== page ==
So, as we face the brink, we also face a nearly unfathomable political scenario. The panicked threesome of Pataki, Strasburg and Bruno were desperate to get something passed before the deadline. In the meantime, Democratic Assembly Speaker Sheldon Silver was holding his ground, strangely calm in the face of a fast-ticking clock and two million nervous Gotham tenants.
Strasburg knows that unless outraged tenants turn on Silver - which isn't likely in the short term - a lapse in the laws will most hurt the landlord cause because any bill that ultimately gets passed will contain retroactive provisions aiding tenants left in the lurch.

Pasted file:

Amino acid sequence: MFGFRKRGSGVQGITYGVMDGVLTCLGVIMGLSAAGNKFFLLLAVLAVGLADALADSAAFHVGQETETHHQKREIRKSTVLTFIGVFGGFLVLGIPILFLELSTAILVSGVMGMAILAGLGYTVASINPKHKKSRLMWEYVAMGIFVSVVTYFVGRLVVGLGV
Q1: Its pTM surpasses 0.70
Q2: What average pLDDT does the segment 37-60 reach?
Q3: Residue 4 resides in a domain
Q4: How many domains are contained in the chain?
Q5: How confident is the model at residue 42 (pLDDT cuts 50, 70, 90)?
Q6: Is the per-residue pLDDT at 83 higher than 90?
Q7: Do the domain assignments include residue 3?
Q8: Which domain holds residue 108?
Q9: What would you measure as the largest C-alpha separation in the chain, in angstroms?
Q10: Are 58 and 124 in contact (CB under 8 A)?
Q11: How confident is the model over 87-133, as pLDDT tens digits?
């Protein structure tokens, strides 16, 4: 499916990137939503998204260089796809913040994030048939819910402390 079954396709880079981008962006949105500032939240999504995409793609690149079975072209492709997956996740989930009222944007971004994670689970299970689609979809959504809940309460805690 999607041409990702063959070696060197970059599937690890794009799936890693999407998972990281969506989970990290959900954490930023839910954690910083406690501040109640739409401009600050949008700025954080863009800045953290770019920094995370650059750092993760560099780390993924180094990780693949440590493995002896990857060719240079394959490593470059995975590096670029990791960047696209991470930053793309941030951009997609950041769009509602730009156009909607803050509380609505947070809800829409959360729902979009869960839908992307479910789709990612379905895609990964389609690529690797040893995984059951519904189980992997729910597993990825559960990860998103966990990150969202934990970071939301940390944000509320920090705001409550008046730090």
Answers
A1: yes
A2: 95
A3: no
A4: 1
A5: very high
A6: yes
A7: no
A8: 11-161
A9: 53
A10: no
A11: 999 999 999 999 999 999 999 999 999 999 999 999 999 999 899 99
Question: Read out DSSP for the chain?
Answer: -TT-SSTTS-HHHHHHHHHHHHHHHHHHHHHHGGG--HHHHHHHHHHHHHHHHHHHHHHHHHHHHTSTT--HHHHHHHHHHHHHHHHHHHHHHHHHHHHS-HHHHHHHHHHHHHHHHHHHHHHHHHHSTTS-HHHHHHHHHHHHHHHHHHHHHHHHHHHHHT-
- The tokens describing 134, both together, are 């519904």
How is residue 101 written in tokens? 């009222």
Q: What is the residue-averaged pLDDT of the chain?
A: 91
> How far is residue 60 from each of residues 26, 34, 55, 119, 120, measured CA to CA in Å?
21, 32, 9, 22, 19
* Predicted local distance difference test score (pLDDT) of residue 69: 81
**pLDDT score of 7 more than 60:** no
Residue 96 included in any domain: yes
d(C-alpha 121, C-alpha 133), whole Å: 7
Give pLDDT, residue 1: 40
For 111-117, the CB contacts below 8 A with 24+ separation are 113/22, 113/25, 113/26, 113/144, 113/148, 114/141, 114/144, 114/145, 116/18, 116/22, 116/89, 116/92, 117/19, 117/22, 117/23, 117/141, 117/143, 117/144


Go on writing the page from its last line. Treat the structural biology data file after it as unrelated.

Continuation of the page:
Even if Strasburg gets his vacancy decontrol package through, the demon landlords will waste little time in getting to work. Tenant harassment will almost certainly increase, although it probably won't be as bad as the defenders of rent control are predicting - largely because most owners understand it is in their best interests to accept their windfall slowly. In Cambridge, Mass., where decontrol was enacted two years ago, landlord groups put a tight clamp on landlord behavior to keep harassment tales to a minimum. Even the lefty Boston Phoenix has had trouble scaring up horror stories - a fact not lost on Strasburg, who recently helped organize a group of landlords to police other owners in the event of vacancy decontrol.